Riggs v. Georgia-Pacific LLC

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Justia Opinion Summary

Vickie Warrant filed a personal injury suit against Defendants seeking damages due to her exposure to asbestos, which she claimed caused her mesothelioma. After receiving a jury verdict in her favor in the personal injury lawsuit, Warren died. Thereafter, Micah Riggs, the personal representative of Warren’s estate, filed a wrongful death and survival suit on behalf of Warren’s children that arose out of the same injury and was against the same defendants. Defendants moved to dismiss the wrongful death claim, asserting that Warren’s personal injury trial and judgment precluded the wrongful death motion. The district court denied the motion. The Supreme Court affirmed, holding that a prior personal injury suit does not bar a related wrongful death claim brought by the decedent’s heirs or personal representative.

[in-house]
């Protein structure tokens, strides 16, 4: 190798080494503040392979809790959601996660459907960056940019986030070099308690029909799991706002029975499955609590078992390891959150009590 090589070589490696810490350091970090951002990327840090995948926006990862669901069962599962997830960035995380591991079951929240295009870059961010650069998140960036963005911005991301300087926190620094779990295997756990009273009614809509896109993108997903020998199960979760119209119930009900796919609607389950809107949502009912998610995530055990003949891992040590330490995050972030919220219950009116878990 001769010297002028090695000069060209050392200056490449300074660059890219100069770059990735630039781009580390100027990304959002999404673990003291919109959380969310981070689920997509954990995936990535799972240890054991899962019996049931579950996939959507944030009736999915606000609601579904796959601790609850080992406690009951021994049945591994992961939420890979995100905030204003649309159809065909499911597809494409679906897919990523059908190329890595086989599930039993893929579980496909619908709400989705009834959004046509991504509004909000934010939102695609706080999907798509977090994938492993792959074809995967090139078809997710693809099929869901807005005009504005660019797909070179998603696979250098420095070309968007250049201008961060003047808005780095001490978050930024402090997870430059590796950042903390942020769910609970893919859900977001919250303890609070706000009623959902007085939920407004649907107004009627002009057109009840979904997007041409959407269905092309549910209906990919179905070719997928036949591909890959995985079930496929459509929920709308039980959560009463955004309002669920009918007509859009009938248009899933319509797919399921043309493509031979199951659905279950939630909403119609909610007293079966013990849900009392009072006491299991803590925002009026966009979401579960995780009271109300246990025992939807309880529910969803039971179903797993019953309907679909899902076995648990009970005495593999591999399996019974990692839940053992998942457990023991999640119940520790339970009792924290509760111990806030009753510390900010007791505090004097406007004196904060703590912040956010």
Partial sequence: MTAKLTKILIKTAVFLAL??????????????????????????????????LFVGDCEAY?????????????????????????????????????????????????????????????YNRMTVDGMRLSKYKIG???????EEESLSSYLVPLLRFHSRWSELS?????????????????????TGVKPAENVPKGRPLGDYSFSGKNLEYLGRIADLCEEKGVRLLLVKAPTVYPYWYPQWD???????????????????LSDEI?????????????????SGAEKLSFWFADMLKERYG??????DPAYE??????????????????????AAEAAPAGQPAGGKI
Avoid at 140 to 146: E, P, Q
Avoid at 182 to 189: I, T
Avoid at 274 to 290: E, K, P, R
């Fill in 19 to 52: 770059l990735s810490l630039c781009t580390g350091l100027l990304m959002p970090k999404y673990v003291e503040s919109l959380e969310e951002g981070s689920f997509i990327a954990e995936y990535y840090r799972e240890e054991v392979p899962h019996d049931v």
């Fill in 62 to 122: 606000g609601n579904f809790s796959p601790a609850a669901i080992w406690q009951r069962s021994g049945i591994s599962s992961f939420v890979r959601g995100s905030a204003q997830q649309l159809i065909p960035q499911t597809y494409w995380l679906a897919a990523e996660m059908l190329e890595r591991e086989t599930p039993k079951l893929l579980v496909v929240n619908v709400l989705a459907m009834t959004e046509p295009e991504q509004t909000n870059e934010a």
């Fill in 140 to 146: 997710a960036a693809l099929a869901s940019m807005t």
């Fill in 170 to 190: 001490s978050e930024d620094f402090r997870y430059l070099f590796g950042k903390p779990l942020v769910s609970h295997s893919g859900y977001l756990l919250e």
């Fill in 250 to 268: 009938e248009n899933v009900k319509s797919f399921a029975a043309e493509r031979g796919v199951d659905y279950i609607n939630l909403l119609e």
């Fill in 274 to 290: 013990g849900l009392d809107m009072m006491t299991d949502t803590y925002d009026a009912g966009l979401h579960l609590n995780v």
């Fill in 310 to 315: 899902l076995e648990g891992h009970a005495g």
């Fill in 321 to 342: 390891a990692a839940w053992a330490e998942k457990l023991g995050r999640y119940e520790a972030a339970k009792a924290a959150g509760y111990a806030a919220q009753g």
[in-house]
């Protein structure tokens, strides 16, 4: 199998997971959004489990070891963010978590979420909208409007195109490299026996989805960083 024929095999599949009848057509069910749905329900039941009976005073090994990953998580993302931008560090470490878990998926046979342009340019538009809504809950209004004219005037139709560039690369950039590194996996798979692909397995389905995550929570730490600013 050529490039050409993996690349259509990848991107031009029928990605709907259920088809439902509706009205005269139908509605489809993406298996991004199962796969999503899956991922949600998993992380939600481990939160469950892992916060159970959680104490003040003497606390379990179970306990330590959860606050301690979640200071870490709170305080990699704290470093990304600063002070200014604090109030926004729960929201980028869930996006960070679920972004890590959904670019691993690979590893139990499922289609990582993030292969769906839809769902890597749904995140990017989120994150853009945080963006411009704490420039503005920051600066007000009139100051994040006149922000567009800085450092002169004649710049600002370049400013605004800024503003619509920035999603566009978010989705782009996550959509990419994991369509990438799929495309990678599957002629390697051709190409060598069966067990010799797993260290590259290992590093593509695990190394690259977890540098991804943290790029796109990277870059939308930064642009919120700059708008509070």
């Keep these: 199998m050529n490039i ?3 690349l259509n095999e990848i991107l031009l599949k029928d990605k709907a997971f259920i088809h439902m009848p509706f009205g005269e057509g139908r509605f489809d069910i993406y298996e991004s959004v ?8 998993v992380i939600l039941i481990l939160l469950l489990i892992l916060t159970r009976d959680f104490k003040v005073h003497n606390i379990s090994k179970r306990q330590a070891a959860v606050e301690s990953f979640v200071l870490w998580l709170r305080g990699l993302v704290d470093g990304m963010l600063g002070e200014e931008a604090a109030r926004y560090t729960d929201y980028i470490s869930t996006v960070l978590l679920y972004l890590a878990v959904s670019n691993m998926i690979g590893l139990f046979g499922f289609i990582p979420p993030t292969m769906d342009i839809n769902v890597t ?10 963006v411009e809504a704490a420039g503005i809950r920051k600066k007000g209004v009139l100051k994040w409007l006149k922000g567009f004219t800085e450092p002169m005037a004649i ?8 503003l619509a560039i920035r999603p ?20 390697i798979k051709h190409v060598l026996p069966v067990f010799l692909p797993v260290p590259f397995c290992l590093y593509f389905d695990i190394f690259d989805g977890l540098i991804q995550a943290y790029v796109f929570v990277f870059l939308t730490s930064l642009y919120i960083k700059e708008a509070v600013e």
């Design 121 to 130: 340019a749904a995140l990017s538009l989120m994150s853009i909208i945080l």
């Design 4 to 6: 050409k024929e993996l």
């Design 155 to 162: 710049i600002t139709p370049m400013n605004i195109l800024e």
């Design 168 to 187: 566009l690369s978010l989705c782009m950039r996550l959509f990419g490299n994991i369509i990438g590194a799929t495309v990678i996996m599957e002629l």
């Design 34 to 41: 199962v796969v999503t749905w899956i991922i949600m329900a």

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This opinion is subject to revision before publication in the Pacific Reporter 2015 UT 17 IN THE SUPREME COURT OF THE STATE OF UTAH MICAH RIGGS and AMANDA RIGGS, Appellees, v. GEORGIA-PACIFIC LLC and UNION CARBIDE CORPORATION, Appellants. No. 20130459 Filed January 30, 2015 Third District, Salt Lake The Honorable Glenn K. Iwasaki No. 120903586 Attorneys: Gilbert L. Purcell, Alan R. Brayton, Brian Holmberg, A. Jase Allen, Salt Lake City, for appellees Karra J. Porter, Sarah E. Spencer, Katherine E. Venti, Salt Lake City, for appellant Georgia-Pacific, LLC Patricia W. Christensen, Salt Lake City, Mary Price Birk, Ronald L. Hellbusch, Denver, CO, for appellant Union Carbide Corporation ASSOCIATE CHIEF JUSTICE NEHRING authored the opinion of the Court, in which CHIEF JUSTICE DURRANT, JUSTICE DURHAM, JUSTICE PARRISH, and JUSTICE LEE joined. ASSOCIATE CHIEF JUSTICE NEHRING, opinion of the Court: INTRODUCTION ¶ 1 In this case we are asked to determine whether a judgment rendered in favor of the plaintiff in a personal injury suit bars a subsequent wrongful death claim arising out of the same injury and against the same defendants. This question is a matter of first impression in Utah. Though in some of our prior cases we have hinted at Utah’s stance on this question, we have RIGGS v. GEORGIA-PACIFIC Opinion of the Court never explicitly addressed it. 1 In this case we are asked to examine Utah’s wrongful death cause of action, which is found both in the Utah Code, at section 78B-3-106, and the Utah Constitution, in article XVI, section 5. We hold that a prior personal injury suit does not bar a related wrongful death claim brought by the decedent’s heirs or personal representative. BACKGROUND ¶2 Plaintiff Micah Riggs is the personal representative of the estate of decedent Vickie Warren, his mother-in-law. Mr. Riggs brought a wrongful death suit on behalf of Ms. Warren’s children, Amanda Riggs and Benjamin Warren (Heirs). ¶ 3 In 2007, Ms. Warren developed peritoneal mesothelioma, a rare type of cancer linked to asbestos exposure. Later that year, Ms. Warren filed a personal injury lawsuit against Georgia-Pacific LLC, Union Carbide Corporation (Defendants), and other defendants not relevant here, seeking damages due to her exposure to asbestos, which she claimed caused her mesothelioma. She asserted claims for negligence, strict product liability, and failure to warn. Ms. Warren’s complaint alleged that she came into contact with asbestos-containing products manufactured by the Defendants in various locations, including the school where she worked, the apartment units her brothers built on the family’s property, and the house where she lived with her father. ¶ 4 The personal injury lawsuit went to trial, and on May 12, 2010, a jury found that Ms. Warren was entitled to $5,256,818.61 in damages. The jury allocated 5 percent of the fault to GeorgiaPacific and 20 percent to Union Carbide; the remaining fault was distributed among other parties. Ms. Warren died on May 25, 2010, thirteen days after receiving the verdict in her personal injury lawsuit. The court of appeals later affirmed the judgment. 2 Bybee v. Abdulla, 2008 UT 35, ¶ 23, 189 P.3d 40; Jensen v. IHC Hosps., Inc., 944 P.2d 327, 332 (Utah 1997). 1 2 Riggs v. Asbestos Corp., 2013 UT App 86, 304 P.3d 61. 2 Cite as: 2015 UT 17 Opinion of the Court ¶ 5 On May 23, 2012, Mr. Riggs, on behalf of the Heirs, filed a wrongful death and survival3 suit against Georgia-Pacific, Union Carbide Corporation, and others, including some defendants who were named in Ms. Warren’s personal injury suit and some who were not. The Heirs’ wrongful death complaint stated causes of action for negligence, strict liability, and failure to warn. The Heirs sought compensatory and punitive damages for the loss of Ms. Warren and asserted her death was caused by Defendants’ asbestos or asbestos-containing products. The court ruled that the claims against the new defendants were barred by the statute of limitations and dismissed them. The Heirs conceded that they are barred from re-litigating issues that were decided in Ms. Warren’s personal injury case. They argue that the issue in their wrongful death suit is simply whether exposure to Defendants’ asbestos products caused Ms. Warren’s death and if so, what damages are owed to the Heirs. ¶ 6 Defendants moved to dismiss the wrongful death claim under rule 12(b)(6) of the Utah Rules of Civil Procedure on the grounds that Ms. Warren’s personal injury trial and judgment precluded the wrongful death action. The Third District Court denied the motion and held that the Heirs had an independent cause of action for wrongful death. This court granted Defendants’ motion for permission for an interlocutory appeal. We have jurisdiction under Utah Code section 78A-3-102(3)(j). STANDARD OF REVIEW ¶ 7 Whether a plaintiff has stated a claim upon which relief can be granted is a question of law, which we review for correctness. 4 Similarly, whether the district court correctly interpreted Utah Code section 78B-3-106(1) is a matter of law that The Heirs later dismissed the survival claim, which allows personal representatives or heirs of an injured party to continue a personal injury claim if the injured party dies before judgment or settlement of the claim. UTAH CODE § 78B-3-107(1)(b). They concede that the “trial and adjudication of the personal injury action against these defendants bars the pursuit of a survival action against them.” 3 4 Berneau v. Martino, 2009 UT 89, ¶ 9, 223 P.3d 1128. 3 RIGGS v. GEORGIA-PACIFIC Opinion of the Court we review for correctness, 5 as is the interpretation of article XVI, section 5 of the Utah Constitution (Wrongful Death Clause). 6 ANALYSIS ¶ 8 Utah Code section 78B-3-106 provides that, except as provided in the Workers’ Compensation Act, “when the death of a person is caused by the wrongful act or neglect of another, his heirs, or his personal representatives for the benefit of his heirs, may maintain an action for damages against the person causing the death.” The question in this case is whether this cause of action is foreclosed when the decedent prevailed during her lifetime in a personal injury lawsuit stemming from the same injury. Based on the language of Utah Code section 78B-3-106 as well as article XVI, section 5 of the Utah Constitution, we conclude that a decedent’s heirs may bring an action for wrongful death even when the decedent prevailed in a related personal injury suit during his or her lifetime. ¶ 9 Defendants argue on appeal that this court should adopt a rule barring heirs from bringing a wrongful death suit when the decedent herself already sued on the underlying personal injury action. The Heirs counter that under the plain language of Utah Code section 78B-3-106, a wrongful death action is an independent cause of action that accrues “for the benefit” of the heirs. The Heirs also respond that to adopt Defendants’ proposed rule would violate article XVI, section 5 of the Utah Constitution, which states that “[t]he right of action to recover damages for injuries resulting in death, shall never be abrogated . . . except in cases where compensation for injuries resulting in death is provided for by law.” Defendants argue that the constitutional provision does not apply because the only rights protected by article XVI, section 5 were those that existed at the time it was adopted, 7 which they assert did not include the right to bring a 5 Kelson v. Salt Lake Cnty., 784 P.2d 1152, 1154 (Utah 1989). Council of Holladay City v. Larkin, 2004 UT 24, ¶ 6, 89 P.3d 164 (stating that issues of constitutional interpretation are reviewed for correctness). 6 See Tiede v. State, 915 P.2d 500, 504 (Utah 1996) (explaining that “the scope of protection afforded by the wrongful death provision [of the Utah Constitution] is limited to rights of action 7 (con’t.) 4 Cite as: 2015 UT 17 Opinion of the Court wrongful death claim when the decedent had litigated the claim during her lifetime. ¶ 10 Today we are asked, simply, to analyze the language of Utah Code section 78B-3-106 and determine whether it forecloses the wrongful death cause of action when the decedent sued during her lifetime and prevailed. To answer this question, we turn to the plain language of the statute. 8 If the plain language of a statute is unambiguous, “no other interpretive tools are needed.” 9 When evaluating a statute, we presume that the legislature used each term “advisedly.” 10 Additionally, we “seek to give effect to omissions in statutory language by presuming all omissions to be purposeful.” 11 ¶ 11 Defendants claim that section 78B-3-106 “does not address the issue . . . one way or the other.” We disagree. Utah Code section 78B-3-106 states that when a person is wrongfully or negligently killed, “his heirs, or his personal representatives for the benefit of his heirs, may maintain an action for damages against the person causing the death.” This language unambiguously, and without caveat, grants a person’s heirs the right to “maintain an action for damages” if they allege that the decedent’s death was caused by “the wrongful act or neglect of another.” 12 When faced with such “clear and unequivocal” 13 language, there is no further need for analysis. We find nothing in the statute to suggest that the cause of action is tied to the decedent’s underlying personal injury claim. Moreover, in so holding, we find it unnecessary to analyze the Wrongful Death Clause of the Utah Constitution. that existed at the time the provision was adopted”). Marion Energy, Inc. v. KFJ Ranch P’ship, 2011 UT 50, ¶ 14, 267 P.3d 863. 8 9 Id. ¶ 15 (internal quotation marks omitted). Sindt v. Ret. Bd., 2007 UT 16, ¶ 8, 157 P.3d 797 (internal quotation marks omitted). 10 11 Marion Energy, Inc., 2011 UT 50, ¶ 14. 12 UTAH CODE § 78B-3-106. 13 Brinkerhoff v. Forsyth, 779 P.2d 685, 686 (Utah 1989). 5 RIGGS v. GEORGIA-PACIFIC Opinion of the Court ¶ 12 Though our plain language analysis ends there, we write further to note that it is true, as Defendants point out, that courts in a majority of states reason that a wrongful death action is barred if the decedent already won a personal injury or other similar action based on the same injuries. 14 But these decisions are based on the plain language of wrongful death statutes that differ significantly from Utah’s. Though it is not strictly relevant to our plain language analysis, it is interesting to note that most, if not all, of the states following the majority view have wrongful death statutes with some variation of the phrase “if death had not ensued,” indicating that the wrongful action in those states was intended simply to provide relief for persons who were injured and died without obtaining any recovery from the perpetrator of their injuries. 15 And the history of the wrongful death cause of See Thompson v. Wing, 637 N.E.2d 917, 920–21 (Ohio 1994) (explaining that the “rationale” of the majority of jurisdictions “is that a wrongful death action is a derivative action[,] . . . . a view based on the ‘if death had not ensued’ phrase in the wrongful death statute[s]” of those states). 14 Compare UTAH CODE § 78B-3-106(1) “[W]hen the death of a person is caused by the wrongful act or neglect of another, his heirs, or his personal representatives for the benefit of his heirs, may maintain an action for damages against the person causing the death . . . .”), with, e.g., 740 ILL. COMP. STAT. ANN. 180/1 (West 2014) (providing that a wrongful death cause of action exists “[w]henever the death of a person shall be caused by wrongful act, neglect or default, and the act, neglect or default is such as would, if death had not ensued, have entitled the party injured to maintain an action and recover damages in respect thereof” (emphasis added)), IND. CODE ANN. § 34-23-1-1 (West 2014) (“When the death of one is caused by the wrongful act or omission of another, the personal representative of the former may maintain an action therefor against the latter, if the former might have maintained an action had he or she, as the case may be, lived, against the latter for an injury for the same act or omission.” (emphasis added)), MICH. COMP. LAWS ANN. § 600.2922(1) (West 2014) (“Whenever the death of a person . . . shall be caused by wrongful act, neglect, or fault of another, and the act, neglect, or fault is such as would, if death had not ensued, have entitled the party injured to maintain an action . . . the person . . . shall be 15 (con’t.) 6 Cite as: 2015 UT 17 Opinion of the Court action in the United States further elucidates the both commonlaw and statutory divide between the states concerning the law of wrongful death. 16 The accidental killing of another person was liable to an action for damages, notwithstanding the death of the person injured . . . .” (emphasis added)), and VA. CODE ANN. § 8.01-50 (West 2014) (“Whenever the death of a person shall be caused by the wrongful act, neglect, or default of any person . . . and the act, neglect, or default is such as would, if death had not ensued, have entitled the party injured to maintain an action . . . and to recover damages in respect thereof, then . . . the person who . . . would have been liable, if death had not ensued, shall be liable . . . notwithstanding the death of the person injured.” (emphases added)). See also Variety Children’s Hosp. v. Perkins, 445 So. 2d 1010, 1011–12 (Fla. 1983) (Florida’s wrongful death statute states that “[w]hen the death of a person is caused by the wrongful act . . . of any person . . . and the event would have entitled the person injured to maintain an action and recover damages if death had not ensued, . . . the person . . . shall be liable for damages . . . notwithstanding the death of the person injured” (emphasis added)); Haws v. Luethje, 503 P.2d 871, 873 (Okla. 1972) (Oklahoma’s wrongful death statute states that “[w]hen the death of one is caused by the wrongful act or omission of another, the personal representative of the former may maintain an action therefor against the latter . . . If the former might have maintained an action had he lived against the latter, or his representative, for an injury for the same act or omission.” (emphasis added)). See Bybee v. Abdullah, 2008 UT 35, ¶ 18, 189 P.3d 40 (explaining that “[t]he wrongful death cause of action entered Utah territorial law in 1874 and was incorporated into the Utah Constitution when Utah entered the Union. . . . In 1895, however, when the drafters of the Utah Constitution were at work, the status of the wrongful death cause of action among the forty-four states remained equivocal. . . . [W]e have attributed the incorporation of the wrongful death cause of action into our constitution to the perceived importance of the right and to a desire to remove any uncertainty in our state about its viability.” (citations omitted)); Jones v. Carvell, 641 P.2d 105, 107 (Utah 1982) (“[The wrongful death cause of action] was of such importance at the time of statehood given the general uncertainty of the law, at least in other states, that the framers of the Utah Constitution 16 (con’t.) 7 RIGGS v. GEORGIA-PACIFIC Opinion of the Court considered “compensable” under English law for hundreds of years—even prior to the Norman Conquest of the eleventh century, 17 a historical event that deeply affected the development of the modern Anglo-American legal system. 18 Yet in 1808, an English court upended that rule and held that death “could not be complained of as an injury.” 19 In response, in 1846, England enacted Lord Campbell’s Act to provide relatives of a deceased person the right to recover damages for that person’s wrongful death. 20 The American states followed suit and enacted their own statutes “patterned after Lord Campbell’s Act” 21 to varying degrees. The Utah Territorial Legislature established a wrongful death cause of action in 1874, nearly thirty years after Lord Campbell’s Act was first enacted in England. 22 Near the time provided for a judicial remedy by Article XVI, § 5 of the Constitution . . . .”); see also Thompson, 637 N.E.2d at 920–22 (“Near the time [of the late 1860s], courts in this country began to address the issue whether a wrongful death action could be maintained when the injured person had settled or recovered a judgment in an action before the person’s death, reaching opposite conclusions on the issue. Some courts followed the conservative approach . . . and refused to allow two suits on the same tortious conduct. Other courts were more expansive in their view, recognizing that the enactment of a wrongful death statute created a new cause of action, one that could not be foreclosed by the injured person during his or her lifetime.”); Vitauts M. Gulbis, Annotation, Judgment in Favor of, or Adverse to, Person Injured as Barring Action For His Death, 26 A.L.R. 4TH 1264, § 2[a] (1983). 17 Jones, 641 P.2d at 107. See generally James W. Mehaffy, Powdered Wigs, Persiflage, & Pro Bono, 65 TEX, B. J. 329, 330 (2002). 18 19 Jones, 641 P.2d at 107 (internal quotation marks omitted). Id.; see also Webb v. Denver & R. G. W. Ry. Co., 24 P. 616, 616-17 (Utah Terr. 1890). 20 21 Id. Id. When first enacted in the Utah Territory, the wrongful death cause of action was strikingly similar to Lord Campbell’s Act, but it was soon changed to resemble its current form. See 1884 Utah Laws 143; Webb, 24 P. at 616. 22 8 Cite as: 2015 UT 17 Opinion of the Court when the Utah Territorial Legislature incorporated the wrongful death cause of action into its laws, courts around the country had been “reaching opposite conclusions” on the issue of “whether a wrongful death action could be maintained when the injured person had settled or recovered a judgment in an action before the person’s death.” 23 We believe the language of Utah’s wrongful death statute and constitutional provision must be evaluated, in historical context, as a reaction to the “unsettled status” of wrongful death around the country. 24 Utah Code section 78B-3106 differs significantly from Lord Campbell’s Act—and those state statutes most closely derived from Lord Campbell’s Act—in that it omits the specification that the wrongful death claim may only be brought against “the person who would have been liable, if death had not ensued.” 25 Accordingly, we are not convinced by the reasoning of courts that have held wrongful death to be a derivative action, where that conclusion stems from such different statutory language. In sum, both the history of the wrongful death cause of action and the plain language of our statute support our conclusion that in Utah, a wrongful death action is independent and is not foreclosed as a matter of law simply because the decedent prevailed in a related personal injury action. ¶ 13 Our previous cases are not to the contrary. In Jensen v. IHC Hospitals, Inc., we were faced with a statutory conflict between the general statute of limitations for wrongful death claims and the statute of limitations found in Utah’s Health Care Malpractice Act. 26 There we applied the more specific statute— the Health Care Malpractice Act—and concluded that the heirs of a decedent who allegedly died as a result of medical malpractice would be held to the Health Care Malpractice Act’s statute of limitations rather than the general statute of limitations for 23 Thompson, 637 N.E.2d at 920–22. 24 Bybee, 2008 UT 35, ¶ 18. Stewart v. United Elec. Light & Power Co., 65 A. 49, 50-52 (Md. 1906) (quoting Maryland’s wrongful death statute and explaining that the statute, enacted in 1852, was “almost a literal transcript of Lord Campbell’s [A]ct”); supra ¶ 12 n.15. 25 26 -425. 944 P.2d 327, 331 (Utah 1997); UTAH CODE §§ 78B-3-401 to 9 RIGGS v. GEORGIA-PACIFIC Opinion of the Court wrongful death. 27 In reaching this result, the Jensen court noted that a “majority of states refuses to allow a decedent’s heirs to proceed with a wrongful death suit after the decedent has settled his or her personal injury case or won or lost a judgment before dying.” 28 But as we explained later in Bybee v. Abdullah, this discussion was used as a “rhetorical fillip to bolster our holding” and to “lend authoritative support” to the court’s reasons for applying the Health Care Malpractice Act’s statute of limitations to foreclose the wrongful death action in that case. 29 Moreover, as we explained in Bybee, despite the dicta in Jensen, this court had never “expressly” answered the question of whether “the settlement or entry of judgment in a personal injury action bars a wrongful death claim” 30—until today. ¶ 14 In Bybee, much like in Jensen,31 we were called to address a possible conflict between the Utah Health Care Malpractice Act and the general provisions governing wrongful death. 32 The defendant in Bybee asserted that the decedent’s arbitration agreement was binding on his heirs and foreclosed their wrongful death action in the district court. 33 But the Utah Health Care Malpractice Act bound a nonsignatory to an arbitration agreement “if the sole basis for the claim is an injury sustained by [the patient].” 34 Faced with a conflict between the Health Care Jensen, 944 P.2d at 331–32, 337. Compare UTAH CODE § 78B-3404(1) (“A malpractice action against a health care provider shall be commenced within two years after the plaintiff or patient discovers, or . . . should have discovered the injury . . . but not to exceed four years after the date of the alleged act . . . .”), with UTAH CODE § 78B-2-304(2) (an action “for recovery of damages for a death caused by the wrongful act or neglect of another” “may be brought within two years”). 27 28 944 P.2d at 332. 29 2008 UT 35, ¶¶ 12, 15. 30 Id. ¶ 14 n.3. 31 944 P.2d at 331–32. 32 Bybee, 2008 UT 35, ¶ 21. 33 Id. 34 Id. ¶ 30 (alteration in original) (internal quotation marks (con’t.) 10 Cite as: 2015 UT 17 Opinion of the Court Malpractice Act on one hand, and Utah Code section 78B-3-106 and the Utah Constitution on the other, we briefly recounted the history of article XVI, section 5 and the wrongful death cause of action. 35 We noted that Utah chose to make wrongful death an independent action accruing in the heirs of the decedent—a choice reflected in its inclusion in the constitution as well as the language of the wrongful death statute. 36 For that reason, we concluded that wrongful death is subject only to certain defenses that the tortfeasor could have asserted against the decedent. 37 In so holding, we emphasized that the protection for wrongful death contained in article XVI, section 5 of the Utah Constitution places it in a “position of privilege among torts” and entitles it to “special protection against attempts to pare back its scope.”38 Ultimately we concluded that, despite language to the contrary in the Health Care Malpractice Act, an arbitration agreement signed by a decedent was not binding on his heirs and did not foreclose their right to bring a wrongful death action. 39 ¶ 15 In any event, in both Jensen and Bybee, we were presented with statutory conflicts—in Jensen, between the statute of limitations for general wrongful death and the statute of limitations for medical malpractice; 40 and in Bybee, between the omitted). 35 Id. ¶¶ 18–19. 36 Id. ¶ 23. 37 Id. ¶¶ 18–19, 24. Id. ¶¶ 18-19, 23 (“A wrongful death plaintiff is not exposed to all of the defendant’s defenses . . . . To be skeptical of joining with the courts of sister states that have adopted wrongful death causes of action marked by excessive vulnerability to defenses created by the decedent is to honor the drafters of the Utah Constitution, whose restiveness about the questionable commitment shown by other states to a robust wrongful death cause of action motivated them to place article XVI, section 5 in our state’s charter.”). 38 39 Id. ¶ 25. 944 P.2d at 331–32 (“Clearly, the legislature intended that the Utah Health Care Malpractice Act apply to actions for wrongful 40 (con’t.) 11 RIGGS v. GEORGIA-PACIFIC Opinion of the Court Health Care Malpractice Act’s arbitration provision and article XVI, section 5 of the Utah Constitution.41 Our analysis in those cases was therefore driven by the need to choose between conflicting laws. In the case before us, Defendants have not given us reason to doubt the plain language of Utah Code section 78B-3106(1), nor is there any statutory conflict. We therefore decline to resort to alternative interpretive tools, and hold that under the plain language of Utah Code section 78B-3-106(1), the wrongful death cause of action is not barred by a decedent’s prior personal injury settlement. ¶ 16 As a final matter, we note that the causes of action for personal injury and wrongful death are different, and are aimed at compensating different types of loss. A wrongful death action compensates heirs for their personal losses—i.e., those losses that stem from losing the deceased person—whereas a personal injury action compensates the injured person for losses stemming from her injury. In a wrongful death action, the loss is often not economic in nature: it is the “loss of society, love, companionship, protection and affection.” 42 A personal injury action is aimed more directly at compensating an individual for losses that she has suffered as a result of negligence. This squarely includes lost wages, medical expenses and other personal economic consequences of an injury. ¶ 17 In situations like this, where the decedent successfully prosecuted an action for her personal injuries, we emphasize that double recovery is impermissible. In other words, in a wrongful death action following the decedent’s successful personal injury action, it would be inappropriate to extract the same damages death based upon personal injuries arising out of medical malpractice. Further, this statute is more specific than the general wrongful death statute of limitations, applying as it does only to wrongful death actions arising out of medical malpractice. Therefore, we hold that the two-year statute of limitations governing medical malpractice actions covers this action for wrongful death arising out of medical malpractice.”). 41 Bybee, 2008 UT 35, ¶¶ 21, 23–25. 42 Jones, 641 P.2d at 107–08. 12 Cite as: 2015 UT 17 Opinion of the Court from the defendants twice. 43 If Ms. Warren already received damages for lost wages and the like, on remand we caution that it would be improper for the court to award those damages to the heirs. Again, the purpose of the wrongful death action is to compensate the heirs for their losses—and if the injured person was already awarded damages for lost wages, the heirs cannot be said to have lost those. ¶ 18 We recognize that “to assign a monetary value to loss of comfort, society, love, companionship, advice, and protection” is extremely “difficult” and “impossible to fit into a mathematical formula”—yet this is what our courts are tasked with doing in such cases. 44 The process “requires great understanding of those human values which can make interpersonal relationships so precious” and in order to avoid overzealous penalties, the method for awarding damages in a wrongful death action must be carefully “tempered and confined so as to strike a just balance.”45 On remand, if the Heirs prevail, the court must carefully consider the proper award of damages and must take care to ensure that the Defendants are not forced to pay twice for the same losses. CONCLUSION ¶ 19 Utah Code section 78B-3-106 states plainly that “when the death of a person is caused by the wrongful act or neglect of another, his heirs . . . may maintain an action for damages.” The statutory language is clear and unambiguous, and does not indicate that the cause of action is in any way tied to the decedent’s own personal injury action. We therefore conclude that wrongful death is an independent cause of action not barred by the existence of a final judgment in the decedent’s underlying See, e.g., RESTATEMENT (SECOND) OF JUDGMENTS § 46 cmt. c (1982) (“In any event, double recovery of damages is not permitted. In some jurisdictions this is done by defining the measures of recovery in the respective actions in mutually exclusive terms. In others, where the measures of damage overlap, the beneficiaries are precluded from seeking items of damage recoverable by the decedent in his action.”). 43 44 Jones, 641 P.2d. at 108. 45 Id. 13 RIGGS v. GEORGIA-PACIFIC Opinion of the Court personal injury suit. We note also that article XVI, section 5 of the Utah Constitution requires that we robustly protect Utah’s wrongful death cause of action from attempts to limit it. Accordingly, we affirm the district court’s ruling and remand for further proceedings consistent with this opinion. 14